Many times I have seen nurses attend to the patient in the OR,then proceed to do their paperwork while still wearing the same gloves withwhich they performed patient-care tasks. Not only is the chart now contaminated,but so are the desk, the phone, and whatever surface they touched; when thechart is picked up again, the contamination will follow a new route oftransmission. This type of error can facilitate an ongoing cycle ofcontamination and transfer of micro bioburden.
I was sitting in an ED recently and noticed that the nursebehind the station sneezed into her disposable jacket, then proceeded to scratchher nose with the sleeve of the same jacket just before she took the bloodpressure and temperature of her patient. Not once did she change her jacket, nordid she change her gloves, wash her hands or clean any surface that may havebeen contaminated by her 360-plus mile-per-hour sneeze (not to mention a dropletspread of an estimated three to five feet right to left). The implications ofthis scene are scary, more so because it is so common. I was able to stop thecycle by pointing out to this nurse what I considered to be obviouscontamination.
Cafeteria staff wear hair nets, gloves and sometimesadditional covering of the mouth. Although the right forms of inhibitory bio-transfer equipmentare used, it is common to see many of the following scenarios in healthcarefacilities:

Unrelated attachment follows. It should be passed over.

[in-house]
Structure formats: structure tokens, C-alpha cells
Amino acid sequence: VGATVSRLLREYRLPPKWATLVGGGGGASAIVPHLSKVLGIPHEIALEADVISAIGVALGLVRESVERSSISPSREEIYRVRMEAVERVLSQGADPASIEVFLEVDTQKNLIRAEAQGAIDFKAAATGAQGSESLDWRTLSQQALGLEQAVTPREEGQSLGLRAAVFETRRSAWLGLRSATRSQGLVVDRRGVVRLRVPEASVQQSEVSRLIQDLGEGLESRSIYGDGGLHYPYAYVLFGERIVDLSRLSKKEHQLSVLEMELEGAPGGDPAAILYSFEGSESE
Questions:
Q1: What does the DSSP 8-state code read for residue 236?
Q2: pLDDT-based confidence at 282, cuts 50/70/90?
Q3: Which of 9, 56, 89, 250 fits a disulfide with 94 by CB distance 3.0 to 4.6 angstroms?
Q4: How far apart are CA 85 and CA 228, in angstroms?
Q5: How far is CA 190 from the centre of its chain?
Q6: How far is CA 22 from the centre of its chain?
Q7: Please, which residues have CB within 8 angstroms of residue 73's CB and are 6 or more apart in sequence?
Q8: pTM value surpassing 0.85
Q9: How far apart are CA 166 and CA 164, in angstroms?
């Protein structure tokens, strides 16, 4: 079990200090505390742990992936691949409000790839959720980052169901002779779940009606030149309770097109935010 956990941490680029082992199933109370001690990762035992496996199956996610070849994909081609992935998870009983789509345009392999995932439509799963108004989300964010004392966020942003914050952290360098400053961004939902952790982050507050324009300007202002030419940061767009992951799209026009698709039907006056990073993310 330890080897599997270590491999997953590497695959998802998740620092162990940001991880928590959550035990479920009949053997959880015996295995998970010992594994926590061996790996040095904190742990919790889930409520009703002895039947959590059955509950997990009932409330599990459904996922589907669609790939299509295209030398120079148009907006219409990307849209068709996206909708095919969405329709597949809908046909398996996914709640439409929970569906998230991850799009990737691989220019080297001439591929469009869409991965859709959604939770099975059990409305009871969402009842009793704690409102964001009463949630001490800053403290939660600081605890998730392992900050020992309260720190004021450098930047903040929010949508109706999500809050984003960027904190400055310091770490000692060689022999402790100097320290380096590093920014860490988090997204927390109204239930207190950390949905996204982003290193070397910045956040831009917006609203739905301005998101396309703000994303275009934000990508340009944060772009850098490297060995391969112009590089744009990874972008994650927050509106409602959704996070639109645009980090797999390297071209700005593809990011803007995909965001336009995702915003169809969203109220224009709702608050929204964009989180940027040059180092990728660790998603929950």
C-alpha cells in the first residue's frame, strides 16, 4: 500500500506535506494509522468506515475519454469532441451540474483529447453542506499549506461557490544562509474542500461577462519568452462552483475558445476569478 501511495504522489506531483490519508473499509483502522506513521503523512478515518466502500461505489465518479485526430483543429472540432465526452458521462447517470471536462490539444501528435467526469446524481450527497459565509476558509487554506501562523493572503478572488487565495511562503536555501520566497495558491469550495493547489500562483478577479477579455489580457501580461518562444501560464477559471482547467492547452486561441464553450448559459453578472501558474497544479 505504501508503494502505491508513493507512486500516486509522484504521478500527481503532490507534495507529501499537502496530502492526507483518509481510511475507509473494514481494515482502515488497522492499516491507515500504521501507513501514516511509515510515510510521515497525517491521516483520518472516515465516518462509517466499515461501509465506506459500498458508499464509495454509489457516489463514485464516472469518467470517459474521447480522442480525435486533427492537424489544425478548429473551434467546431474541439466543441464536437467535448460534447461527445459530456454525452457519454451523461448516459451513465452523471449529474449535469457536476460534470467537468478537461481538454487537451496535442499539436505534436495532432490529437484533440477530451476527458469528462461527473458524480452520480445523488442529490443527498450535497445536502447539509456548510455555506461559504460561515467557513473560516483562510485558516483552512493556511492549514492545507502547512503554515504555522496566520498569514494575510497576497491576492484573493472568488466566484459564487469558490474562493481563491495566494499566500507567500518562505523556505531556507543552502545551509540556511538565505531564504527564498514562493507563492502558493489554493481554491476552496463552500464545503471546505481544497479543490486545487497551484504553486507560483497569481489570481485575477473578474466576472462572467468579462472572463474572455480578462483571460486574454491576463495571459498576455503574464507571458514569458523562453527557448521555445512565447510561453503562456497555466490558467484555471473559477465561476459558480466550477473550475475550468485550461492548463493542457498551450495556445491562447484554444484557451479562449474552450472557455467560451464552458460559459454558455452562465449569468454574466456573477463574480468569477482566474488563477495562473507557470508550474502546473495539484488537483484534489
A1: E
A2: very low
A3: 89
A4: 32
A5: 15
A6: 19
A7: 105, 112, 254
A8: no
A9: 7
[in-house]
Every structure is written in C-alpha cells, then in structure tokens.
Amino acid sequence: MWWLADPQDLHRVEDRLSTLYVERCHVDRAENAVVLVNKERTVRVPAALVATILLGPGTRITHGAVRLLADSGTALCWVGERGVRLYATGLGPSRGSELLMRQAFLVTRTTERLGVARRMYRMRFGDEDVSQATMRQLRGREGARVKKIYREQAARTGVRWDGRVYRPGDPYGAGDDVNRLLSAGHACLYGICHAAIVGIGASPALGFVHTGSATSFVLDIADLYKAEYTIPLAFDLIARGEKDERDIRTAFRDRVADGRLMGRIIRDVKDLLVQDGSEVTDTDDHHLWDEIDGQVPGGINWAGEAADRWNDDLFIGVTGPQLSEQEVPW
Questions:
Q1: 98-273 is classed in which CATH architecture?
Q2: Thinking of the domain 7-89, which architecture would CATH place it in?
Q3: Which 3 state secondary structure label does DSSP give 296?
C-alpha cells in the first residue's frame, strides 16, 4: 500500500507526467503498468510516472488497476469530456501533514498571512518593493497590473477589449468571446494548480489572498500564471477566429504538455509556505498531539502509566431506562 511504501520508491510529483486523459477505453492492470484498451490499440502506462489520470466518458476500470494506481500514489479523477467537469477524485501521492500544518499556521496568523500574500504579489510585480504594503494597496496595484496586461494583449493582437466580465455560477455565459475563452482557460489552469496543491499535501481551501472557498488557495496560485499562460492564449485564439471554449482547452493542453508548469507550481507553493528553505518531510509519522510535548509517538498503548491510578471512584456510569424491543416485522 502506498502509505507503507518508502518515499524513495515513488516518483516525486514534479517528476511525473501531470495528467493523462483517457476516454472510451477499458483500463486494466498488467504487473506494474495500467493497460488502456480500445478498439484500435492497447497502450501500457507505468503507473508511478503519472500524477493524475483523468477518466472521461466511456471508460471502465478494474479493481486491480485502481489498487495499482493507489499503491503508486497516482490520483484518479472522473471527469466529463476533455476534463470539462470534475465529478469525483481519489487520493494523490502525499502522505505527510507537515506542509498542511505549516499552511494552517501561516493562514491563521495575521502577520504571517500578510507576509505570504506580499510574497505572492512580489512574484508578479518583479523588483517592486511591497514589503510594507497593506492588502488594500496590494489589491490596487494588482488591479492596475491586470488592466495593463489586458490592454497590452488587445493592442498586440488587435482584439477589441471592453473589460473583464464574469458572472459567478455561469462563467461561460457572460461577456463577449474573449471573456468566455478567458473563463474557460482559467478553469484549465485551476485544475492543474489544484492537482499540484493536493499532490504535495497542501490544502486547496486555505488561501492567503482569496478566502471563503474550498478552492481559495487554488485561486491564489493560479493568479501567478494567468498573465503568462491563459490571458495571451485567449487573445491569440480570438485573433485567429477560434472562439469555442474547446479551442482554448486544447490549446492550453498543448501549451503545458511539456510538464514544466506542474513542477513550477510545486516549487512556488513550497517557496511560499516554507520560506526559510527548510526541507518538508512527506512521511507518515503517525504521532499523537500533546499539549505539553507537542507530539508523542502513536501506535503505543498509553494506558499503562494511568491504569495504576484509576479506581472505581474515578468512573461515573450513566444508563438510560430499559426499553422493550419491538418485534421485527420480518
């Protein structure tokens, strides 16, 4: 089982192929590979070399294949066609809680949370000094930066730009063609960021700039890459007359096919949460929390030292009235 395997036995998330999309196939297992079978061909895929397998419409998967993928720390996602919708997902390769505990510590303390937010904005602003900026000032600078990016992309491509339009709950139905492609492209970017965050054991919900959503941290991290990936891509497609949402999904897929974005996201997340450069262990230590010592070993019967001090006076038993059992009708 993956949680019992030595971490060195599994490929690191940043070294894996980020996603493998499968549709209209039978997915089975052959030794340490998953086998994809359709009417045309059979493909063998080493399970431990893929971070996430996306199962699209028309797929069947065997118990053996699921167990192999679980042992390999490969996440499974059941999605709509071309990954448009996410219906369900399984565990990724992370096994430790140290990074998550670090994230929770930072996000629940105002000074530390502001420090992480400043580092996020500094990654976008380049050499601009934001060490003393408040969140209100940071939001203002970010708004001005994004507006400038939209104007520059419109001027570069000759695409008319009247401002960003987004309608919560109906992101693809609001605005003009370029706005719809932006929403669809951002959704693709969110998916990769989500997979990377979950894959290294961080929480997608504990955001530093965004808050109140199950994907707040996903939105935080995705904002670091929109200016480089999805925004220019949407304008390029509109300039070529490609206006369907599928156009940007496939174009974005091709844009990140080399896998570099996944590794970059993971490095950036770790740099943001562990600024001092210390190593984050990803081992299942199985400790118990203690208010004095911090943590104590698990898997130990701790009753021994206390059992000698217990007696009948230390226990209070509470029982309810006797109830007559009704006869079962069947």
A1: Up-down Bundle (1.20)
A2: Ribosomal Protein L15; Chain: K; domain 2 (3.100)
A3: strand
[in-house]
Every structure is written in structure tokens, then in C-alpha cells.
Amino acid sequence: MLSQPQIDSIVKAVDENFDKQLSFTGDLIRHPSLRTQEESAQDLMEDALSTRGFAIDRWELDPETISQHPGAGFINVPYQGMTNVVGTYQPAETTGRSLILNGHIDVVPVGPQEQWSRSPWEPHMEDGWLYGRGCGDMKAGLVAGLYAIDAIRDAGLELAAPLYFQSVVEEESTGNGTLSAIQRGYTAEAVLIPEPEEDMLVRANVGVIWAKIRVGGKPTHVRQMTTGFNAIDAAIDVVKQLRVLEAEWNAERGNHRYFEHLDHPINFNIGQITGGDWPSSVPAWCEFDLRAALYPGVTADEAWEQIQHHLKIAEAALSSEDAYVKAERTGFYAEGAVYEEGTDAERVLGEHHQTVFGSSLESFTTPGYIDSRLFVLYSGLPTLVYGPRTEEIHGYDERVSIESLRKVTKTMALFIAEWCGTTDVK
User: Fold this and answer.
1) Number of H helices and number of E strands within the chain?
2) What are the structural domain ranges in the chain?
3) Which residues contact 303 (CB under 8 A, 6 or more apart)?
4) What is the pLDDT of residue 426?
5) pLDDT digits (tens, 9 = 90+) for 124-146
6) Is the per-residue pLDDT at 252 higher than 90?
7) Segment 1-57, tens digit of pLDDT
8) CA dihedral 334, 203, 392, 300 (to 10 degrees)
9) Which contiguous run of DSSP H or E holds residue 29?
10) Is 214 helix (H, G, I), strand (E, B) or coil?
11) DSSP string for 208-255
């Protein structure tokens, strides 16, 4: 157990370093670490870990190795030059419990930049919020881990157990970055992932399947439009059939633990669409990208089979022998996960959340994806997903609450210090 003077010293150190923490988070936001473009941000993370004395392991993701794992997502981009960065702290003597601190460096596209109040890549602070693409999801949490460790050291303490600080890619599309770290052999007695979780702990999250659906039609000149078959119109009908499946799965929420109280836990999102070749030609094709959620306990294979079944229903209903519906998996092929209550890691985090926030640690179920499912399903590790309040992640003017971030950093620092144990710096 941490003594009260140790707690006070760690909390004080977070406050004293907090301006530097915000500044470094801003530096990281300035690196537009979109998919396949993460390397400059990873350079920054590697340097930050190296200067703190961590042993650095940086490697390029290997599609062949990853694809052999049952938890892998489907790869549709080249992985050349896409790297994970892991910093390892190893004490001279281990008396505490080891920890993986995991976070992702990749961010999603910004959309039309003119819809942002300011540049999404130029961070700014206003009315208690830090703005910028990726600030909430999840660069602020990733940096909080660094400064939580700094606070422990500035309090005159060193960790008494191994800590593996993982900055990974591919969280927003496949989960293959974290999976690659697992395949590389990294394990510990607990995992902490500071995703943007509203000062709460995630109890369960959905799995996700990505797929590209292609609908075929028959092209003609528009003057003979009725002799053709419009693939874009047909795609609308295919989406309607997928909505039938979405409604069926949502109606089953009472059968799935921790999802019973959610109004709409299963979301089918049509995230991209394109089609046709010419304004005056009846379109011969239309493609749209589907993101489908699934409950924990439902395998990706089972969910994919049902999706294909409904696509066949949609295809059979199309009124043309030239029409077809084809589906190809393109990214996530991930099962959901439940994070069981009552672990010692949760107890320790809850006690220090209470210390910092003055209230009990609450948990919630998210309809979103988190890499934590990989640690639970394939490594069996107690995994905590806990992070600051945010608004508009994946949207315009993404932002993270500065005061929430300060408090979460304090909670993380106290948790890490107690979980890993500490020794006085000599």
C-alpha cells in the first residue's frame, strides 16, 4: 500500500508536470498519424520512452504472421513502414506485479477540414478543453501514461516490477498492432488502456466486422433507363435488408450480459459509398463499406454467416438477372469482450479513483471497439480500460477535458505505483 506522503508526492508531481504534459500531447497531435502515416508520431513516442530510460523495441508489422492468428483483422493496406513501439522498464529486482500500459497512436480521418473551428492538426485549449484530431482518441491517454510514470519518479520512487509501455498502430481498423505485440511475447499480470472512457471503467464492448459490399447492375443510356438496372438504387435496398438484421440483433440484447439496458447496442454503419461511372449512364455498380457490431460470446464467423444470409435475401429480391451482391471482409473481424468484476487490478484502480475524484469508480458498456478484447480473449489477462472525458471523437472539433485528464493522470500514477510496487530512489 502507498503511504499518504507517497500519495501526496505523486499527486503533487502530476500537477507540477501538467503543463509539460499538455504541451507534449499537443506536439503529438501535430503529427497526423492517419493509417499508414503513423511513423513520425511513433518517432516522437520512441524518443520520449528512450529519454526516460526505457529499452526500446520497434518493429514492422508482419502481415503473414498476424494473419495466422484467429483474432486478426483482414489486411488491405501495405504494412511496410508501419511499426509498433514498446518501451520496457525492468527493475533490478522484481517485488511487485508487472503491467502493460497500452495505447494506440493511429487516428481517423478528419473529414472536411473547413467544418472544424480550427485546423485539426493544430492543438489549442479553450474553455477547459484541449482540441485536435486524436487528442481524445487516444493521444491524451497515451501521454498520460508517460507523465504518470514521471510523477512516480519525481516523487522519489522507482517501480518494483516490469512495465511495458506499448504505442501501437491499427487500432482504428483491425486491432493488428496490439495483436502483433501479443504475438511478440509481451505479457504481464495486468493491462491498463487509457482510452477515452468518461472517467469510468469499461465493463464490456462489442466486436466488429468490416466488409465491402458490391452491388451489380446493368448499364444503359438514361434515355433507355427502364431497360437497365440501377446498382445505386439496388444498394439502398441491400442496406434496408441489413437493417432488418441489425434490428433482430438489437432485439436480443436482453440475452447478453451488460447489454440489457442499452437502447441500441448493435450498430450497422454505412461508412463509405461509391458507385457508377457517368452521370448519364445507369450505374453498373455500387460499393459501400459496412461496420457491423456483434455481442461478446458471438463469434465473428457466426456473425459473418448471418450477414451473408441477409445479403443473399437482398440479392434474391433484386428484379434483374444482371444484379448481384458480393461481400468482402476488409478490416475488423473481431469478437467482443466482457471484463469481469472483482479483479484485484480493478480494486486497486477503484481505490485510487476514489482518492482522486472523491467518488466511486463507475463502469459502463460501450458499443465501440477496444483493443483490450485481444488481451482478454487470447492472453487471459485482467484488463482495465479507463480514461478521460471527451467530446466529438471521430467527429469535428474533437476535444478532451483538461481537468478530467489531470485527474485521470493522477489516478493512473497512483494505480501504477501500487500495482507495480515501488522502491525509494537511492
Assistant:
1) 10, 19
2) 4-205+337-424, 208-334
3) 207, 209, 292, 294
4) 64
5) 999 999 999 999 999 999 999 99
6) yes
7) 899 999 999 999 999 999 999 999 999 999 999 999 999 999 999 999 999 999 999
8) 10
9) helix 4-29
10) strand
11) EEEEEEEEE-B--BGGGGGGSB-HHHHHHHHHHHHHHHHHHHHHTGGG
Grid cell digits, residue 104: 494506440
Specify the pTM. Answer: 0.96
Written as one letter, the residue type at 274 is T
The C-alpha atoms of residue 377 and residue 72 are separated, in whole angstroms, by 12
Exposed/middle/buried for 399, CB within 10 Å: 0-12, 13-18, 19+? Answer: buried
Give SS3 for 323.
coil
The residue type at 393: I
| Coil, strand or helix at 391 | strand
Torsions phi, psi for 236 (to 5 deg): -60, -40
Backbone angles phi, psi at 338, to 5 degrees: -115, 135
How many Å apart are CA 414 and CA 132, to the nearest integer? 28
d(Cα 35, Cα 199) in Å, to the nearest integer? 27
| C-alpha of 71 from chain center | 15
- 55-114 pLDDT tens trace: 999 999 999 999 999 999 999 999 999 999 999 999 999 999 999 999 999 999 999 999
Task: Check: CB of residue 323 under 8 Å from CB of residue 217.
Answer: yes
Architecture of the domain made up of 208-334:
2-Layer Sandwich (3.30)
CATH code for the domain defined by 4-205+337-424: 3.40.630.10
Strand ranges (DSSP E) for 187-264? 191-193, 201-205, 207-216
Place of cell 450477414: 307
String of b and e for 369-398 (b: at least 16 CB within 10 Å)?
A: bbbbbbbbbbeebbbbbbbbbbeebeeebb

These are just a few examples of how the mode of transmissionor vector can be human beings or inanimate objects. It is clear that furthertraining needs to be done on the subject of mode of transfer, and theunderstanding of bioburden relating to all areas of the healthcare environment.There are very good guidelines and protocols/recommendations from AAMI, AORN andnationally recognized food service professional organizations, as well as fromthe CDC and IAHCSMM, for the protection of patients and the public fromcontamination via bioburden. Education and a firm commitment to obtain and maintain thelevel of knowledge needed to stay in the war against infection is a must.
Perhaps the area that raises the most concern is sterileprocessing, because of the type of bioburden that is addressed there and themore critical threat to patients if protocol is not followed. Again and again, my colleagues and I have stressedcertification and training in all areas of processing. It is time thatprofessional training and certification be required, not suggested orrecommended in our standards of universal practice. We must take a hard look atwhat we have to do to protect patients and staff, and come to grips with thefact we can no longer afford to depend on staff members who are not up to dateon all infection-control protocols. We can no longer look upon any area and call it less importantthan another in the chain of infection.
Routine, recordable training in bioburden and infectionpathways for all healthcare professionals degreed or not, and certified ornot must be done so that we can be removed as the potential hidden vectorsin the infection chain.
Becki Jenkins CST, RCST, CRCST, FEL, is president/CEO ofSterilization by Design, Inc. She is the winner of the 2003 AAMI Becton Dickinson CareerAchievement Award and the 2002 Healthcare Heroes Award.